But does 70 takes get the best out of an actor?
Vitali: It wasn’t always 70 takes. It was sometimes more. Believe me. But sometimes it was less; because on Barry Lyndon I was doing one take stuff and he was saying, “Great, set up. Great, set up. Great, set up.” So it wasn’t like, it became a mantra that he had to do 40 takes, or 20 takes, or 15 takes, or 100 takes. It wasn’t like, “That’s my principal and I have to do it.” It was just that, by the time he was coming to the of his career, I suppose…the end of his life, he knew that he was in a position to be able to do it.
Was there every any attempt on the Blu-Ray to put back some of this material?
Vitali: No, no, no, no, no. because, Stanley, once he’d made his decision. I can tell you right now because i sent five days burning all the outtakes from A Clockwork Orange, The Shining, Barry Lyndon. We went to a special dump in London. And we took a big truck up to the, you know, confidential disposal area. He didn’t want outtakes in his movies.
Are there any scenes that you would have liked to have saved?
Vitali: There was one scene that he cut short that I would have liked to restore the whole thing to, and that was in The Shining. When they’re looking at the hotel for the first time and the elevator door opens and there’s the manager and Jack and Shelly and Danny, alright. And they’re walking along this long room which is the lounge area, and there are these big windows and they’re that tall in the picture and the whole track just runs along like that. In the version you have, in the shorter version, which was the one released everywhere else except here, he cut it short. He cut it because it was a time thing. It was the whole of it. The dynamics of the new cut. But that shot for me was the best because without realizing it you’re set up for something, which is, these tiny people in this huge place with this threat of danger coming from everywhere. And you’d never know where. These tiny people in this huge milieu, how are we going to handle it?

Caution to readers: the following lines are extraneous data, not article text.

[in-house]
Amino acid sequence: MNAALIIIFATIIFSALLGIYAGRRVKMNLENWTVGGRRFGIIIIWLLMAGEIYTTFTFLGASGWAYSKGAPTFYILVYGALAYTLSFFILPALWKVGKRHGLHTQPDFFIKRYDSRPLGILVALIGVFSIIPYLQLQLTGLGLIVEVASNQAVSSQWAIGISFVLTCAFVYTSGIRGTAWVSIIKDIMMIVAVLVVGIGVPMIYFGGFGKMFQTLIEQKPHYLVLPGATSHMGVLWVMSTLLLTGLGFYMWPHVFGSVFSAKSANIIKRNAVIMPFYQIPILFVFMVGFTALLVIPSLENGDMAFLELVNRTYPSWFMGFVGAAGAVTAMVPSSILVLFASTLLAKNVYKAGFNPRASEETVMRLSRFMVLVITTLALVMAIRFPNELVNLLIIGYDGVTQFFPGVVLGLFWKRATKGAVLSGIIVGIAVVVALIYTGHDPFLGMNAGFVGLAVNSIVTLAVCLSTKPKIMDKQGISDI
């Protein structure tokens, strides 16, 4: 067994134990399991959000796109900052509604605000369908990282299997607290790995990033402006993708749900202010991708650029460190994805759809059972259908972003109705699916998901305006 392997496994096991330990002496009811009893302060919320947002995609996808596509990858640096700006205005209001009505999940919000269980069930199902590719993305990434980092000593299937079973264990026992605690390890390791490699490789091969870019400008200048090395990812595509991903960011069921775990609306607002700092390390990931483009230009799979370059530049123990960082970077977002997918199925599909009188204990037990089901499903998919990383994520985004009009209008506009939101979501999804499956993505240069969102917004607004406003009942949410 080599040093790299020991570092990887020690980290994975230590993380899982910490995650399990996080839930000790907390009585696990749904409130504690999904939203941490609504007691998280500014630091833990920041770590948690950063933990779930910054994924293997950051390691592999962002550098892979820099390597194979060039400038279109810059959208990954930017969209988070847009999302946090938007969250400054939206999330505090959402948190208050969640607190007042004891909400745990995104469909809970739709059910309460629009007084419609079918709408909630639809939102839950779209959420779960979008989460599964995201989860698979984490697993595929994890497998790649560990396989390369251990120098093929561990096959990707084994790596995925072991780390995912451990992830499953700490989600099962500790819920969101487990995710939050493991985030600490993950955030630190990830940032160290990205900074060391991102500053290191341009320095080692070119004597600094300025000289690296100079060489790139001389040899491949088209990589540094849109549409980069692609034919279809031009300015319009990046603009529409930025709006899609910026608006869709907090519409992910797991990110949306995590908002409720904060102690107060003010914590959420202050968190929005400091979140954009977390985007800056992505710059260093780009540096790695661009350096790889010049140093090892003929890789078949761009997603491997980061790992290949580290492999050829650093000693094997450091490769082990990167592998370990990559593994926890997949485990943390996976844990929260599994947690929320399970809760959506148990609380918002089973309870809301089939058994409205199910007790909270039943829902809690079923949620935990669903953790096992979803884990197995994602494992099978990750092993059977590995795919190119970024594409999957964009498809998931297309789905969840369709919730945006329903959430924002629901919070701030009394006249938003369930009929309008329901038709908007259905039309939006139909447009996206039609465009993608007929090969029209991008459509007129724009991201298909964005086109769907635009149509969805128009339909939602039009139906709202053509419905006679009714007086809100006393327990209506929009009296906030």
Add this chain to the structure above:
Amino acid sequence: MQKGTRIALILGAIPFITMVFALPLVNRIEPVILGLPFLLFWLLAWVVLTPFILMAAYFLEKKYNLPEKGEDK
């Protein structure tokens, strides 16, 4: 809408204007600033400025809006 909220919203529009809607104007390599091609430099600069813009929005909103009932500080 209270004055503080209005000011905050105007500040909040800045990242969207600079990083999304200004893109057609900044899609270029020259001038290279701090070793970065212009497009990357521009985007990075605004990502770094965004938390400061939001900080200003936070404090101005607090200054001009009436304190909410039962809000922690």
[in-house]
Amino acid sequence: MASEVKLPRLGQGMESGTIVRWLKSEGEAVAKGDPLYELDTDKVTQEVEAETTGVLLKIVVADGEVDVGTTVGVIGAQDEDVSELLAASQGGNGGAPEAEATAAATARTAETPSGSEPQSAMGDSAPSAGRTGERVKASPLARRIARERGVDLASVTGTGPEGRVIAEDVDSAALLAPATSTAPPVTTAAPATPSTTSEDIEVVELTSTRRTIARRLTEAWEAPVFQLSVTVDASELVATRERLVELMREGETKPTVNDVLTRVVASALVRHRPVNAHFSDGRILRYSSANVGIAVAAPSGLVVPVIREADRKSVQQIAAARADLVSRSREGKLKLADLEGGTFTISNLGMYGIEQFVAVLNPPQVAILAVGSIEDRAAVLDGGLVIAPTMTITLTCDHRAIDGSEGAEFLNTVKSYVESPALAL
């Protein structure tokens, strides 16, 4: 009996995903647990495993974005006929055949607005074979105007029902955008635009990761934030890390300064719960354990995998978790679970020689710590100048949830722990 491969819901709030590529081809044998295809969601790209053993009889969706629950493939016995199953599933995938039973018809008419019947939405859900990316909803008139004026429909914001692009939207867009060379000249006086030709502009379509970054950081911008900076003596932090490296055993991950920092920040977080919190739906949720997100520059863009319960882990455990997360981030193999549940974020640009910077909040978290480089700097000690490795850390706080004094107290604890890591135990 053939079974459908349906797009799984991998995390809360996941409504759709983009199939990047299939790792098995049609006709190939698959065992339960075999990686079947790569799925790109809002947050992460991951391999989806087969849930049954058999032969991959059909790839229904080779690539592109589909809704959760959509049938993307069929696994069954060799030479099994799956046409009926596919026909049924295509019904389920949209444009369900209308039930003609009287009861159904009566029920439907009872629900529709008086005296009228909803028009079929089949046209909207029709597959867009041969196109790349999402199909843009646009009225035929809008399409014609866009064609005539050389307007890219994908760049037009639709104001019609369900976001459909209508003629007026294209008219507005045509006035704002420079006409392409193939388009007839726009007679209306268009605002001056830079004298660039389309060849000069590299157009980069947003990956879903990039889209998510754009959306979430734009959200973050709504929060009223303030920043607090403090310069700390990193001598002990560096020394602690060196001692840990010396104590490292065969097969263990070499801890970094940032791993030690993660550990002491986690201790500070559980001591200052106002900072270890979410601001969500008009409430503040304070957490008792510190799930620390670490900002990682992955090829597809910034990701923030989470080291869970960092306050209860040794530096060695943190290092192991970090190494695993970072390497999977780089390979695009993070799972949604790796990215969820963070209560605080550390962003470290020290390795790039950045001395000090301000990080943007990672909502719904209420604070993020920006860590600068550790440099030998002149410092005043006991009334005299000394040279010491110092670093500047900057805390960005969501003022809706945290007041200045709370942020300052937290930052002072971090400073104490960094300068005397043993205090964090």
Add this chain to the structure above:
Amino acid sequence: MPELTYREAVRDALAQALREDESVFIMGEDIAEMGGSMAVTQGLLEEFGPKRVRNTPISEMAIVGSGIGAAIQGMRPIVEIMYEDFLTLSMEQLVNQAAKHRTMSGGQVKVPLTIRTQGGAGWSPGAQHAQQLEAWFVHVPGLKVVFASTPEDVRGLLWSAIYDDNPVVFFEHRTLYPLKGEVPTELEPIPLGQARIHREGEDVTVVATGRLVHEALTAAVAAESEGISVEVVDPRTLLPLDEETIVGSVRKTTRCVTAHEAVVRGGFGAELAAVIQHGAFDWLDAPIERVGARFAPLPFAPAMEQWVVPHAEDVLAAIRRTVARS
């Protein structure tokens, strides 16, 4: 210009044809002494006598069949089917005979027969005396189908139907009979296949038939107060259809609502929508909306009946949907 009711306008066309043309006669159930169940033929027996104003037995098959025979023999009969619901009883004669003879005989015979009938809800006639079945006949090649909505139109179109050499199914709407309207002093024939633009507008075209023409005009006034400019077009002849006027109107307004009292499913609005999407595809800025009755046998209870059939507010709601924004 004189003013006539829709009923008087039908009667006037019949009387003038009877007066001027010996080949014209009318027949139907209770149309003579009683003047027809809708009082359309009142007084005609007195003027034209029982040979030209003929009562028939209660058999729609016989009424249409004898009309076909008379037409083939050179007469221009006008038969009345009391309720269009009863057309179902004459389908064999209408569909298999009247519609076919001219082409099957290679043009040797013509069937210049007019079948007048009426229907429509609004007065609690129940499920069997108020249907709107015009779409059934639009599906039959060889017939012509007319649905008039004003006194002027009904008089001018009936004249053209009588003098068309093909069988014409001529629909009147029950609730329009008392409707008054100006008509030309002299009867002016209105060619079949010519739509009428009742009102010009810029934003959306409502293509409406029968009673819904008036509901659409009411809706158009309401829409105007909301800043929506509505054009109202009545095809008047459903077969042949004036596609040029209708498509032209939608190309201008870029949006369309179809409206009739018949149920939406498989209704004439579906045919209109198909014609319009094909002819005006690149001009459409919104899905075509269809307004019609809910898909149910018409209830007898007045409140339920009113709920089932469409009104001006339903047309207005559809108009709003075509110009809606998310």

In The Shining, I’ve heard conflicting reports, but my understanding is that Steadicam was developed specifically for that film. Is that true? And how do you develop something like Steadicam?
Vitali: Because you have someone like Garret Brown, who is a genius in his own right, he truly, truly is. He wasn’t the only person. A lot of people came to Stanley and said, “We’re trying to do this.” A lot of people, Arriflex used to go to Stanley, you know, the camera company, and say, “We want to do this.” Or, “We’re trying to do that, what do you think?” And they would take notice of what he said.
So he was actually involved in the development of it?
Vitali: He would make suggestions or say, you know, I know that when, you know, not DVD, but when they trying to find a medium between VHS and Laserdiscs, there were all these kind of interactive ideas. Phillips was one company that tried to do that. Phillips came and said, “What do you think?” And he said, “Well, I don’t think it looks much different from VHS. So what’s the point?” So they really didn’t develop it any further than that. They realized that DVD was on the way, and Stanley supported DVD.
Before The Shining came out, Rocky had been able to use Steadicam for the scene running up the stairs. Did they have to get Kubrick’s okay for that? Was he annoyed?
Vitali: No. that was Garret Brown’s. And, actually, we were flying Garret from London where we were shooting to, I guess LA or New York where they were shooting Rocky, backwards and forwards. He was working on the two productions at the time.